Microsoft Azure service bus with VSTS

The Microsoft Azure service bus provides messaging between services and applications. You can choose the type of service bus you want to send VSTS messages to:

  • Queue: The Service Bus queue is a simple process. A sender sends a message to a queue, and a receiver picks up that message at a later time. A queue is limited to a single receiver.

  • Topics: Topics are similar to queues, but they let each receiving application create its own subscription by defining a filter. A subscriber will see only the messages that match that filter.

  • Notification hub: Use a notification hub to implement push notifications. Notification hubs work for both consumer and enterprise applications for mobile platforms including Windows Store, Windows Phone 8, IOS and Android.

Create a Microsoft Azure service bus namespace

  1. If you don't have a Microsoft Azure account, get one here.

  2. In the Microsoft Azure portal, in the navigation pane select SERVICE BUS and then create a new namespace.

    <img alt="Select or create a service bus" src="./_img/azure-service-bus/create-service-bus.jpg")>

  3. Enter a name for the namespace and choose a region.

    Specify namespace and region

  4. View the connection information for the namespace.

    View the connection information

  5. Copy the SAS connection string. You will need to provide this value when you create a Service Hook subscription.

    Copy the connection string

Send messages to the service bus queue

  1. In the Azure portal, verify the queue you want to use, or create one.

    Azure Service Bus Queue

  2. Create or modify your app's code to receive VSTS messages using a Azure Service Bus queue. For details, go here.

  3. Open the admin page for the team project in VSTS.

  4. On the Service Hooks tab, run the subscription wizard.

    For details about the subscription wizard, go here.

    Add a service hook

  5. Pick and configure the VSTS event.

    Configure the event

  6. Configure what to do when the action occurs. In this case, to send Visual Studio messages to a service bus queue. For the SAS connection string, use the value that you copied earlier from the namespace connection information page.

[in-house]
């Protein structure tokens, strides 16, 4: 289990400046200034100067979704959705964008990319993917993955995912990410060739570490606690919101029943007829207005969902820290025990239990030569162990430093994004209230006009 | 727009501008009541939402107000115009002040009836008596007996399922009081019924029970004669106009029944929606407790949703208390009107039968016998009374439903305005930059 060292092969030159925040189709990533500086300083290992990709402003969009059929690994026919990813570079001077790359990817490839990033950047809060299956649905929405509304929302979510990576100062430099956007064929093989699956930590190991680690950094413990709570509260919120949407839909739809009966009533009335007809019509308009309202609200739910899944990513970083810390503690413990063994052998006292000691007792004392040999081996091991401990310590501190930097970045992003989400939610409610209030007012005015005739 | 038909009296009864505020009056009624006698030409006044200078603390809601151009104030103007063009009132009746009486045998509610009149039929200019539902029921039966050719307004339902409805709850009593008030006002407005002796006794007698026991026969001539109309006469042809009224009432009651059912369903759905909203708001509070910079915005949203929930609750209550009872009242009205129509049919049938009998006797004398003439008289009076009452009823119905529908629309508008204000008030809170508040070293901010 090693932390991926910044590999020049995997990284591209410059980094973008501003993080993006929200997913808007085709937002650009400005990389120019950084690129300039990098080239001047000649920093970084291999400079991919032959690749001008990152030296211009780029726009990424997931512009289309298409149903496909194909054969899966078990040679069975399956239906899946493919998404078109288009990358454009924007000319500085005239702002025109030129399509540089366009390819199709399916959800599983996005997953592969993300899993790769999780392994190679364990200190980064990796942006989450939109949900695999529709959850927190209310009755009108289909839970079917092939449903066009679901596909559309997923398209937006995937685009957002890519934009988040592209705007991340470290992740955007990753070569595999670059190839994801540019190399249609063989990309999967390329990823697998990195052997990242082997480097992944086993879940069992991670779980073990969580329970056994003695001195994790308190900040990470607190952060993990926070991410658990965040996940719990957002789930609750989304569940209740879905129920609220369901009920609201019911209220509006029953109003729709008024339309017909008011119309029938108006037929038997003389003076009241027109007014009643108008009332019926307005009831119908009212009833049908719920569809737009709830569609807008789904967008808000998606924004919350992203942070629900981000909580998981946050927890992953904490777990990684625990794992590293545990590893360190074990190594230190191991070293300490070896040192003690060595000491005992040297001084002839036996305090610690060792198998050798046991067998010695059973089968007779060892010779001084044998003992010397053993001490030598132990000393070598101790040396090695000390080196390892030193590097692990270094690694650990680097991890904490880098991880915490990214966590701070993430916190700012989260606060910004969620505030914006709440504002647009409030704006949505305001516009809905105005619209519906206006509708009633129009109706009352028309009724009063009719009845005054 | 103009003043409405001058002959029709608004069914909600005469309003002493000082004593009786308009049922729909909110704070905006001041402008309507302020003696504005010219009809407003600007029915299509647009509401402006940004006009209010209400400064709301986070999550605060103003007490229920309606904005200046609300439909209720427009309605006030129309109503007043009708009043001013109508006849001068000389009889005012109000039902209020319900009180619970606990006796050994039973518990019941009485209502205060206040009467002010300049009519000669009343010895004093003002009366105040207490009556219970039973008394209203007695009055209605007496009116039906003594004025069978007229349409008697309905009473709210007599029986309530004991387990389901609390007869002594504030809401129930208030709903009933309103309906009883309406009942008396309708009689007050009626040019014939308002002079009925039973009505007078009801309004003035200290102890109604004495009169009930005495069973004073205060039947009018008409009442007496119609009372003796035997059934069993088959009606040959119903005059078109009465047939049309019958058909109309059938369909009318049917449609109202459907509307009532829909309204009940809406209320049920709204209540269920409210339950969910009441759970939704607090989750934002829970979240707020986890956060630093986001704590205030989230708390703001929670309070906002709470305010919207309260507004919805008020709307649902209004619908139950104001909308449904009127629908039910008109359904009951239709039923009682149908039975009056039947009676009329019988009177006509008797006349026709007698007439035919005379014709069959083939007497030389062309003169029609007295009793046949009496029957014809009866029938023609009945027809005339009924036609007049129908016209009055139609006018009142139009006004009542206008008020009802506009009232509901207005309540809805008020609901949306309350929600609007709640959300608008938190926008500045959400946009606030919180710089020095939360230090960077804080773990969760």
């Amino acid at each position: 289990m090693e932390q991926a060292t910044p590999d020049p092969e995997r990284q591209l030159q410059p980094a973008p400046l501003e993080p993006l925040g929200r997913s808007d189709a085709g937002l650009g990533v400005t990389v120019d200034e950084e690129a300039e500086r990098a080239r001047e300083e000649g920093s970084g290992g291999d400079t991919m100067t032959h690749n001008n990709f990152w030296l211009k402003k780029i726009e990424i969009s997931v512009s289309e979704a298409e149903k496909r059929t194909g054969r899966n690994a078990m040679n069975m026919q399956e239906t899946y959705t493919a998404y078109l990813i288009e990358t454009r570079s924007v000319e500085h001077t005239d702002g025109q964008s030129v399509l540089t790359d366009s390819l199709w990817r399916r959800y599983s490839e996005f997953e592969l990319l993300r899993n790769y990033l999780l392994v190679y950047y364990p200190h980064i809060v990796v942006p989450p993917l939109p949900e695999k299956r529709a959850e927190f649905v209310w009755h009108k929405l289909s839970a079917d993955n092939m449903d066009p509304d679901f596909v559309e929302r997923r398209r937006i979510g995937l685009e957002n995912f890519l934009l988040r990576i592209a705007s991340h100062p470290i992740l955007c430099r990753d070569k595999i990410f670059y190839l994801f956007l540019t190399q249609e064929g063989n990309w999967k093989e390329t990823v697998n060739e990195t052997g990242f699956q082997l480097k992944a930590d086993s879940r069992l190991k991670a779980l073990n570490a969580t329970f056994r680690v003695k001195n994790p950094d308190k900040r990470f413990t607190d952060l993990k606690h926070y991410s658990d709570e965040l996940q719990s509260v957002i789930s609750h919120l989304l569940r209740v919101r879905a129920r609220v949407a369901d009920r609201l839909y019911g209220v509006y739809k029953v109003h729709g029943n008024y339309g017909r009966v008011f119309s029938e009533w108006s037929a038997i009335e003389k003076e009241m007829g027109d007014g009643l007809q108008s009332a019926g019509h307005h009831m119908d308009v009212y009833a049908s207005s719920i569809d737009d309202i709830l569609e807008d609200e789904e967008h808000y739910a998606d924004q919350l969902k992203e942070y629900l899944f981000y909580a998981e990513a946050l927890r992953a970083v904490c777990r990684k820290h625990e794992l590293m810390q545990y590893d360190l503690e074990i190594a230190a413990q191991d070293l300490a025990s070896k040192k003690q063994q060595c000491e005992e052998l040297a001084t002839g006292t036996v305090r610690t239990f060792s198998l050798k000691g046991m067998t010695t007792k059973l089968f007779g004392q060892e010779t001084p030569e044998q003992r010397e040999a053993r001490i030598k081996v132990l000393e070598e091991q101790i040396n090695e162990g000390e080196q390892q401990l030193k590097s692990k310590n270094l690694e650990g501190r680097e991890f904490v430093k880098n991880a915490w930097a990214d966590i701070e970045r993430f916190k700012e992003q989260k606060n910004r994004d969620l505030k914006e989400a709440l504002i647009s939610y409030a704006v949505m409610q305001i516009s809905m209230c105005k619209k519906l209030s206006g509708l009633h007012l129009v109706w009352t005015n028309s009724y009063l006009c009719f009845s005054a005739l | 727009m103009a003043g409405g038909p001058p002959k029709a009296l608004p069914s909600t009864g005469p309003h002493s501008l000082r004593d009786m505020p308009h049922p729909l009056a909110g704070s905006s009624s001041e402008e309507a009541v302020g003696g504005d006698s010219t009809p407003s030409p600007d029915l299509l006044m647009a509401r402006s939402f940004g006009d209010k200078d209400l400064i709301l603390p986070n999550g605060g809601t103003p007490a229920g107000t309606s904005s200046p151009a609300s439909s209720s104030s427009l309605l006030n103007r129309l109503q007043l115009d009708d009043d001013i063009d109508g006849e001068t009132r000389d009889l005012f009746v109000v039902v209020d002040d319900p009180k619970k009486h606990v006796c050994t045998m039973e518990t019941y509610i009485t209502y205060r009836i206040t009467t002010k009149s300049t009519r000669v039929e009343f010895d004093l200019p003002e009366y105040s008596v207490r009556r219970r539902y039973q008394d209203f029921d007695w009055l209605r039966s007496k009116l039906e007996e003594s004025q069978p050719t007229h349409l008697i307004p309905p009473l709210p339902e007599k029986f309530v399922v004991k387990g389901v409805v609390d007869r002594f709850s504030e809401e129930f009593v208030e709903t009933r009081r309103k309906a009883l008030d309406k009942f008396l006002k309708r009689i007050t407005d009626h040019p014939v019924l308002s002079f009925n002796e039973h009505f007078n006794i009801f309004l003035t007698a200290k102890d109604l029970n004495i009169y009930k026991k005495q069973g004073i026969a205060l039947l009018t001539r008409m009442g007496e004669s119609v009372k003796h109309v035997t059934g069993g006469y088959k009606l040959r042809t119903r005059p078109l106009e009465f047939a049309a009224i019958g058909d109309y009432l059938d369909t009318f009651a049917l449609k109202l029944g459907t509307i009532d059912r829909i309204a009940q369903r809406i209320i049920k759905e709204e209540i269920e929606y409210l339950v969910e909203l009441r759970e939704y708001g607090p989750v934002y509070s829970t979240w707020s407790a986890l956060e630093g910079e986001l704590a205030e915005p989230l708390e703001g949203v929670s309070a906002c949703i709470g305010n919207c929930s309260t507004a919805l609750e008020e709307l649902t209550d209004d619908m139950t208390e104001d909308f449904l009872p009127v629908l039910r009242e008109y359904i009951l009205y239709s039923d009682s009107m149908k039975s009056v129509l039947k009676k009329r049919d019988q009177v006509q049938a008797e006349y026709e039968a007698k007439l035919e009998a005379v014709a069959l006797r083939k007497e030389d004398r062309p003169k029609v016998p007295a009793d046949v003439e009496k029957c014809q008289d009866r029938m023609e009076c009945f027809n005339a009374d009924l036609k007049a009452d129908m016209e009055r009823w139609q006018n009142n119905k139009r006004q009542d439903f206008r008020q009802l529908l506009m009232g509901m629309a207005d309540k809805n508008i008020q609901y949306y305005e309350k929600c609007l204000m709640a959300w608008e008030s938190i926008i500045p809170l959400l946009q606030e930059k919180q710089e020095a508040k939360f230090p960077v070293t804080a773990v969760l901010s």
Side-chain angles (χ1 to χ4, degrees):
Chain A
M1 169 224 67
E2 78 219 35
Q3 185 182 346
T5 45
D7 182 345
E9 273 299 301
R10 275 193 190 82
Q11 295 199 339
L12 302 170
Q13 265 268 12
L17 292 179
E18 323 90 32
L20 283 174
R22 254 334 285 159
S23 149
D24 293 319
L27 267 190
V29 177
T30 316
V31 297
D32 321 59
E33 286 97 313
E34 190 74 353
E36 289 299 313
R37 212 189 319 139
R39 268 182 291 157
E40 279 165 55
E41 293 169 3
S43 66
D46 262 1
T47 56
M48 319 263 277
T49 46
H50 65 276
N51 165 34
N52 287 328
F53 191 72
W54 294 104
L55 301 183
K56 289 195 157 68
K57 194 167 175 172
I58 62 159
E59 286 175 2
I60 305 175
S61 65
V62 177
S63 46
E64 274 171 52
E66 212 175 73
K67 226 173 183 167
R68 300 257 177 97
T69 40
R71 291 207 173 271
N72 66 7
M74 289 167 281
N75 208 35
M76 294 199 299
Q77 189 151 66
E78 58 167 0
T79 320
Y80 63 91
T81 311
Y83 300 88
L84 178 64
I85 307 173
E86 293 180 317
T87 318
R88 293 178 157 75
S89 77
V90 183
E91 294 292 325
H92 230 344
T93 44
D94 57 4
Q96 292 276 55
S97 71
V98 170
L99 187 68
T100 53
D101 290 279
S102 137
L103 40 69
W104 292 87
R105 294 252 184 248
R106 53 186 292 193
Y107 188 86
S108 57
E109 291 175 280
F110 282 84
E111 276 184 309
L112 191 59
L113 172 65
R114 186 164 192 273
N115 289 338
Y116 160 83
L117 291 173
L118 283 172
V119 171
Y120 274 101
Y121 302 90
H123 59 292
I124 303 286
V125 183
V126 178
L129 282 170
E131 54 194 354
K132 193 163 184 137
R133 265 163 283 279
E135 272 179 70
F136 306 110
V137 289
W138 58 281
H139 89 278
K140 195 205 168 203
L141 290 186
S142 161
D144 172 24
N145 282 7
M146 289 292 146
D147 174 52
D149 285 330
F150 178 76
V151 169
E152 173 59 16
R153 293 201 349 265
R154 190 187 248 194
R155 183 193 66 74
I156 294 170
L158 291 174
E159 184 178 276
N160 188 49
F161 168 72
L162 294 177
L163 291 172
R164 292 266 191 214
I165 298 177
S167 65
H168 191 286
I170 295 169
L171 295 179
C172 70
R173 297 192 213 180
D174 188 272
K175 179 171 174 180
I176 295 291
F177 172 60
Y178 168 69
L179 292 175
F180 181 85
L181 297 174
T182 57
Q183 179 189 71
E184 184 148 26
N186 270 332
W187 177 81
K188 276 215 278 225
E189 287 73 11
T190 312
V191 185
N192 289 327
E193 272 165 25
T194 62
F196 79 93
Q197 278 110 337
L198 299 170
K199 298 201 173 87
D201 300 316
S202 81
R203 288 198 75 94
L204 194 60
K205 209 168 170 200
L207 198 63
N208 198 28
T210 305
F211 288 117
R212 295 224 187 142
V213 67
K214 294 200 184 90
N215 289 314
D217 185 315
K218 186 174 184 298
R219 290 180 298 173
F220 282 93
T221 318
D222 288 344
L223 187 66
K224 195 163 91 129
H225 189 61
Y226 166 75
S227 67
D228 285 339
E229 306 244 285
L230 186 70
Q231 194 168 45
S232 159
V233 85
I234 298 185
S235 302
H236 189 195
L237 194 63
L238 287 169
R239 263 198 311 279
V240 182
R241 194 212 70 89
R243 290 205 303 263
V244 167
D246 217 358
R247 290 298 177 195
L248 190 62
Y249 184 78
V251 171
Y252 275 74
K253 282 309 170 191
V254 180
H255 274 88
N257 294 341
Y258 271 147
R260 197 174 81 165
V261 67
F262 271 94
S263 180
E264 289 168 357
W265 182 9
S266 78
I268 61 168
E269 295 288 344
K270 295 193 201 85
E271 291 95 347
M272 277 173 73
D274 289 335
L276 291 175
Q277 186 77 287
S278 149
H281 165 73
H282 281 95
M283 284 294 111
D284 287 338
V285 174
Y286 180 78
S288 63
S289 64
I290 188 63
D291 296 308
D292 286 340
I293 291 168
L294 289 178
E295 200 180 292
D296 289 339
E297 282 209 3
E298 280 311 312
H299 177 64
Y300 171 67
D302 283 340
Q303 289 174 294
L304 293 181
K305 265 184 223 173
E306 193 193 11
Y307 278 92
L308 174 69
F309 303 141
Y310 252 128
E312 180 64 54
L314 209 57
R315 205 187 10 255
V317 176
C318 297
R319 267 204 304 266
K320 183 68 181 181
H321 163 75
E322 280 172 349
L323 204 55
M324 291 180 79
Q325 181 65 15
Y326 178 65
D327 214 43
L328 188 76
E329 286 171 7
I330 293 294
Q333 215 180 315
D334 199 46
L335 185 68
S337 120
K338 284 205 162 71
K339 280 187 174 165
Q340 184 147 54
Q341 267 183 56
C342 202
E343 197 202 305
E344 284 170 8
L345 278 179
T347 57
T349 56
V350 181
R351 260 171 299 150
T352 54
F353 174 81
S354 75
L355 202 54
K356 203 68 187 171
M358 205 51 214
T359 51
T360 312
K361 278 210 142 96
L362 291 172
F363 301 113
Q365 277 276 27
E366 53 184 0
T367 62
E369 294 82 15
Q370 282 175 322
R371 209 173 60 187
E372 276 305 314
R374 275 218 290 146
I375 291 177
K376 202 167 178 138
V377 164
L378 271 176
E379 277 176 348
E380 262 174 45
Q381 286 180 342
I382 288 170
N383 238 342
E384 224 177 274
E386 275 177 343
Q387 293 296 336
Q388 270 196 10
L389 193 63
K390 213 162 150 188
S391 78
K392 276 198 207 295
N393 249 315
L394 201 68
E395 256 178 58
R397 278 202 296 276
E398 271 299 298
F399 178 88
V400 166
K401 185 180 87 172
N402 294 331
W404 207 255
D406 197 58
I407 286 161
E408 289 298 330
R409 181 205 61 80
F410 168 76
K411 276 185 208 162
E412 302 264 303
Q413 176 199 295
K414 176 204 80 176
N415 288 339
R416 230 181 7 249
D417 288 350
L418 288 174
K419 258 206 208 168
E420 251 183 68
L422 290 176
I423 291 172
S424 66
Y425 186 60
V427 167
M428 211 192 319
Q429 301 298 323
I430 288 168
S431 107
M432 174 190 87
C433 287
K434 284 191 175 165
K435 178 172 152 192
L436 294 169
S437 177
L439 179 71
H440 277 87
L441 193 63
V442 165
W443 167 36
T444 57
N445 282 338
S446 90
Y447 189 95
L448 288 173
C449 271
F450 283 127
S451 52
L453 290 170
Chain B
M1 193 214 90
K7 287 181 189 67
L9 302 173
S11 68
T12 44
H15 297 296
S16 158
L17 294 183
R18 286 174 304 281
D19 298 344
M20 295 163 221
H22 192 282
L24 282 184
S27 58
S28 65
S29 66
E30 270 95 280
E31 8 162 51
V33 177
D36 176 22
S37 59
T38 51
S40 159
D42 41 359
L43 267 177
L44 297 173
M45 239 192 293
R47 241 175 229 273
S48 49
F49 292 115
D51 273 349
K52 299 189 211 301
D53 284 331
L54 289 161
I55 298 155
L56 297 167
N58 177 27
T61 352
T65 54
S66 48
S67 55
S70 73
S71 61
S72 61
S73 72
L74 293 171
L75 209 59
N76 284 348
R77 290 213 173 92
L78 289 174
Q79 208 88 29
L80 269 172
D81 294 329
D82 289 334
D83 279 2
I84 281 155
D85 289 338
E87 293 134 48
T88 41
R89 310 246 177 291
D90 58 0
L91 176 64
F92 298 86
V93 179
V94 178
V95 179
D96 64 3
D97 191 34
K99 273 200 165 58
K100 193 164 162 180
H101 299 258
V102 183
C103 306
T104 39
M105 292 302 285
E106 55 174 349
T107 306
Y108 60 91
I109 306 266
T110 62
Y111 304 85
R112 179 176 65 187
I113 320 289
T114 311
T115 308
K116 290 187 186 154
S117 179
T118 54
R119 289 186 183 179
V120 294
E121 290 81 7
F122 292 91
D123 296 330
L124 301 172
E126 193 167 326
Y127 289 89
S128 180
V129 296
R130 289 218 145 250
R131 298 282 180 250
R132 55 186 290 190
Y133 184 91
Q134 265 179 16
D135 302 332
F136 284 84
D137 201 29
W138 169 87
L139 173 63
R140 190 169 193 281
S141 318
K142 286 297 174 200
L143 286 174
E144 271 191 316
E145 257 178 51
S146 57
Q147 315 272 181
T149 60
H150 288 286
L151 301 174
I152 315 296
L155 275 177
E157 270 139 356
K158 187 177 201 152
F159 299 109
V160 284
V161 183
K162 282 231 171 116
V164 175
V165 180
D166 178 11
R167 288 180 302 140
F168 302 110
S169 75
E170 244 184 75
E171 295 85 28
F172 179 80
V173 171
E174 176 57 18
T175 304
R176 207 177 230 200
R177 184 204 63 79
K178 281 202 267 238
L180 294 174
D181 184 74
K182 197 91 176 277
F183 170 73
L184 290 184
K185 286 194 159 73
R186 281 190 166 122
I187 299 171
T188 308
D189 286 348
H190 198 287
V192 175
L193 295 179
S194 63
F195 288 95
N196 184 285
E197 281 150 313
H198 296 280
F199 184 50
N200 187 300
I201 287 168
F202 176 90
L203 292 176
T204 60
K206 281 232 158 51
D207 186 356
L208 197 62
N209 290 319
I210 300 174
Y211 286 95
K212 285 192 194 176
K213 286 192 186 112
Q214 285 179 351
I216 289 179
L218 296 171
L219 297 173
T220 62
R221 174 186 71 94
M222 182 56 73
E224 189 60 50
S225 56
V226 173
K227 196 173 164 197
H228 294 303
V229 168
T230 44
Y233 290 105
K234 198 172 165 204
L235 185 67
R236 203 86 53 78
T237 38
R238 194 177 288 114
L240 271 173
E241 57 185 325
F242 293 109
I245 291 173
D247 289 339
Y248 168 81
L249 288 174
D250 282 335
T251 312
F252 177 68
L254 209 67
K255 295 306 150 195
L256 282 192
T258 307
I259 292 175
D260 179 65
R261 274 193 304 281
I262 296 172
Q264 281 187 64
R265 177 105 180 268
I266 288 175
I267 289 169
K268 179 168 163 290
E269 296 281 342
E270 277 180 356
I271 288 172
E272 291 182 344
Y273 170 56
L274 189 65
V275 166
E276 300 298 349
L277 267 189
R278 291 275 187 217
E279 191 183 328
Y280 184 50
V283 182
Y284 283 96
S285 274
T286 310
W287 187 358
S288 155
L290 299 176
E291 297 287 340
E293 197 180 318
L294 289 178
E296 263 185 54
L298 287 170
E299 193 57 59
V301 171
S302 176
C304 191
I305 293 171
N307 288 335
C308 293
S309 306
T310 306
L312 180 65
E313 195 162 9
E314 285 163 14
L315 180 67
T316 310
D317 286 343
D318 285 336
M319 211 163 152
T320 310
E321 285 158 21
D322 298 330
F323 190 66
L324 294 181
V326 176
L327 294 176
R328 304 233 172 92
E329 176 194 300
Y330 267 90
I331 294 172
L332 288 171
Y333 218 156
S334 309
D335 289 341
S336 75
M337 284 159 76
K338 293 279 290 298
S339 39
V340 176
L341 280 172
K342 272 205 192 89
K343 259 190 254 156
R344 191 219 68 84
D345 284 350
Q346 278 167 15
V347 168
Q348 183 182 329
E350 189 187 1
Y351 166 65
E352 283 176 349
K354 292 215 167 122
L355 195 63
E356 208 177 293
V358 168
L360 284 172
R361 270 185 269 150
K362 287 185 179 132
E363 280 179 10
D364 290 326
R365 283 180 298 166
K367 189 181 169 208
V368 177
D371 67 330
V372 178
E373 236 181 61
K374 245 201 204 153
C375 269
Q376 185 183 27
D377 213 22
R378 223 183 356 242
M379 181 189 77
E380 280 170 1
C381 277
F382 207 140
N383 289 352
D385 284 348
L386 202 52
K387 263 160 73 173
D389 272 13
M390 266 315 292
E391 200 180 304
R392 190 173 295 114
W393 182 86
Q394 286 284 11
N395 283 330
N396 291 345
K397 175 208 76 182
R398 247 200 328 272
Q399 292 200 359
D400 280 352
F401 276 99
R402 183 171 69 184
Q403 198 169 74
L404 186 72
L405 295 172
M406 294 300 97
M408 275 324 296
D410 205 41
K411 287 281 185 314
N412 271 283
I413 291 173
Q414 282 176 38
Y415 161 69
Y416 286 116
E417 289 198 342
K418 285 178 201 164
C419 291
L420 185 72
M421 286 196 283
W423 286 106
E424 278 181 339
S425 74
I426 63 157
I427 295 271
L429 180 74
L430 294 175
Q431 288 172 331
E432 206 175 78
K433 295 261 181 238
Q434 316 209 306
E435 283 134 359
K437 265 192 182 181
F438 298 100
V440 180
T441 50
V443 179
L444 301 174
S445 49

Configure the action

  7. Test the service hook subscription and finish the wizard.

    Azure Service Bus Queue Test

Now the messages are set up. You can verify this in your application or service.

Send messages to the service bus topic

  1. In the Azure portal, verify the queue you want to use, or create one.

    Azure Service Bus Topic

  2. Create or modify your app's code to recieve VSTS messages using a Azure Service Bus topic. For details, go here.

  3. Open the admin page for the team project in VSTS.

  4. On the Service Hooks tab, run the subscription wizard.

    For details about the subscription wizard, go here.

    Add a service hook

  5. Pick and configure the VSTS event.

    Configure the event

  6. Configure what to do when the event occurs. In this case, to send Visual Studio messages to a service bus topic. For the SAS connection string, use the value that you copied earlier from the namespace connection information page.

    Configure the action

  7. Test the service hook subscription and finish the wizard.

    Azure Service Bus Topic Action

Now the messages are set up. You can verify this in your application or service.

You can also observe activity in the Windows Azure dashboard.

Azure Service Bus Topic Result

Send messages to the notification hub

Push VSTS messages to your application using a notification hub. For more information about notification hubs go here.

  1. In the Azure portal, verify the notification hub you want to use, or create one.

    Azure Service Bus notifications

  2. Create or modify an app to receive messages from VSTS through the notification hub. The steps and code required to set up your app depend on the target platform (Windows Store, Windows Phone 8, IOS, or Android). For details, go here.

  3. Open the admin page for the team project in VSTS.

  4. On the Service Hooks tab, run the subscription wizard.

    For details about the subscription wizard, go here.

    Add a sevice hook

  5. Pick and configure the VSTS event.

    Configure the event

  6. Configure what to do when the event occurs. In this case, to send Visual Studio messages to a service bus notification hub. For the SAS connection string, use the value that you copied earlier from the namespace connection information page. You can use tags to filter the messages to specific registered apps or users. For more information regarding tags go here.

    Configure the action

  7. Test the service hook subscription and finish the wizard.

Now the messages are set up. You can verify this in your application or service.

Pricing

VSTS doesn't charge for the framework for integrating with external services. Check out the specific service's site for pricing related to their services.

Q & A

Q: When using VSTS service hooks connected to a Azure notification hub, how do I pass parameters in a push notification template?

A: Use the following taking care to concatenate the variable and value in the param node:

    "<?xml version=\"1.0\" encoding=\"utf-8\"?>" +
    "<wp:notification wpnotification\"="" xmlns:wp="\">" +
            "<wp:toast>" +
                "<wp:param>" + "{'?VariableName='" + "$(parameter)" + "}</wp:param>" +
        "</wp:toast>" +
    "</wp:notification>";

Q: Can I get more information about the differences between service bus queues and service bus topics?

A: Get more details here.

Q: Can I programmatically create subscriptions?

A: Yes. See details here.